If it’s preseason at Georgia, more often than not that means there are questions about the offensive line.
Georgia offensive tackle Kolton Houston (75) hugs Georgia center David Andrews (61) while Georgia wide receiver Michael Bennett (82) looks on during the second half the NCAA college football game between the Georgia Bulldogs and the South Carolina Gamecocks on Saturday, Sept. 7, 2013. (AJ Reynolds/Staff, @ajreynoldsphoto)
This time around, it isn’t so much about how the guys in the trenches will hold up but simply where they will line up.
One thing seems certain. The starting center spot again is a picture of stability.
Senior David Andrews is set to begin his third year as a starter. He followed Ben Jones, who manned the position for the previous four seasons and now is in his third season with the NFL’s Houston Texans.
Listed at 6-foot-2 and 294 pounds, Andrews has used his strength, athleticism and smarts to get the job done for a Bulldogs’ offense that has had its most average yards per game in program history the past two seasons.
“I’ve got a pretty good grip of what we’re trying to do play-wise,” Andrews said. “There are little things I can do to get better. I don’t believe you’re ever good enough. There’s a lot of things I can work on, steps, pass pro and just getting everyone on the same page. We’re rotating a lot of guys in there and that’s a big key with what position I play, getting everyone together.”
Andrews, named to the watch list for the Rimington and Outland trophies, is an ideal anchor for the line.
Quarterback Hutson Mason said he heard offensive coordinator Mike Bobo talk the other day about how smart Andrews is, a sentiment Mason endorsed.
“We’re kind of like a tandem,” Mason said. “It works well because sometimes I get up there and am like, ‘Shoot, what are we supposed to do right here?’”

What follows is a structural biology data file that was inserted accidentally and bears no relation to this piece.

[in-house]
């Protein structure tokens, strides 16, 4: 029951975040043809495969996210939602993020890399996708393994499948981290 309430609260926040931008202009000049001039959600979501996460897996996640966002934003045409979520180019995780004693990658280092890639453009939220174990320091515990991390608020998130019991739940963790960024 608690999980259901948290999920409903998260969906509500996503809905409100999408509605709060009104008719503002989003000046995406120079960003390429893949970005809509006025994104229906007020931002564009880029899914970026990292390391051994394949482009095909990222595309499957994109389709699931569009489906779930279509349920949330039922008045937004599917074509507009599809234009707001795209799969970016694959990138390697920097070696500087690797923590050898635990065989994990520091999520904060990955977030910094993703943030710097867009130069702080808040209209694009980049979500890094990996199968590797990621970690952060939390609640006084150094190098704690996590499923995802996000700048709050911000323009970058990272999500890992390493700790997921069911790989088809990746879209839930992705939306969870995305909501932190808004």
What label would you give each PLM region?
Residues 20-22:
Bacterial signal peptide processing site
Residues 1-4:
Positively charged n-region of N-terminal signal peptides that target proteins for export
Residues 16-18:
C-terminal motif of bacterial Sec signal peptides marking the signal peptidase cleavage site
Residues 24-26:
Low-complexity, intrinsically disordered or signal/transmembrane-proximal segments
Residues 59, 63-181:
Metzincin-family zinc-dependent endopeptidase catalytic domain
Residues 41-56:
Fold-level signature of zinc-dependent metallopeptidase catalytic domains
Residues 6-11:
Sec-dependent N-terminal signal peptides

Andrews, who has started 27 games in Bobo’s offense, can fill Mason in.
“It’s kind of like having another coach on the field,” Mason said.
Andrews’ football IQ — he was named offensive MVP this spring — may be a coach’s dream and the agribusiness major from Johns Creek prefers the gridiron to the classroom.
“I enjoy football more, I wish football was a major,” he said. “I love football. It’s what I’ve done since I was six years old. It kind of clicks to me and makes sense. I wish I could major in coaching or something like that. …The classroom is a little bit difficult at times because I’m sitting there thinking about a defense rather than paying attention sometimes.”
There’s a chance Andrews will line up with a freshman on one side of him at left guard in Isaiah Wynn or a first-year starter in Greg Pyke, who doesn’t have much game experience, at right guard.
Having Andrews there in the middle of it all is valuable. Coach Mark Richt points to Andrews’ “ability to just get everybody lined up, get everybody on the right blocking schemes, even help the quarterback at times. Sometimes there’s a gray area, `Is it this, is it that?’ Between him and Hutson declaring who the certain linebacker should be declared as the mike and every other blocking scheme gets changed at the line of scrimmage just within seconds. He not only knows what he’s doing, but he’s helping down the line.”
The only question mark at center is who would step in for Andrews if needed.
“We’ve got to develop some depth at that position,” offensive coordinator Mike Bobo said.
Georgia will have to prepare someone to become the eventual successor to Andrews, who has one final season with the Bulldogs.
For now, they’ll have one final season with Andrews, who took a Fourth of July trip to do some shark fishing in Apalachicola, Fla. and still enjoys listening to country music his father played growing up like Hank Williams Jr., Keith Whitley and Johnny Paycheck.
“We’ve been very blessed at center with Ben having all the years he had,” Richt said, “and now David.”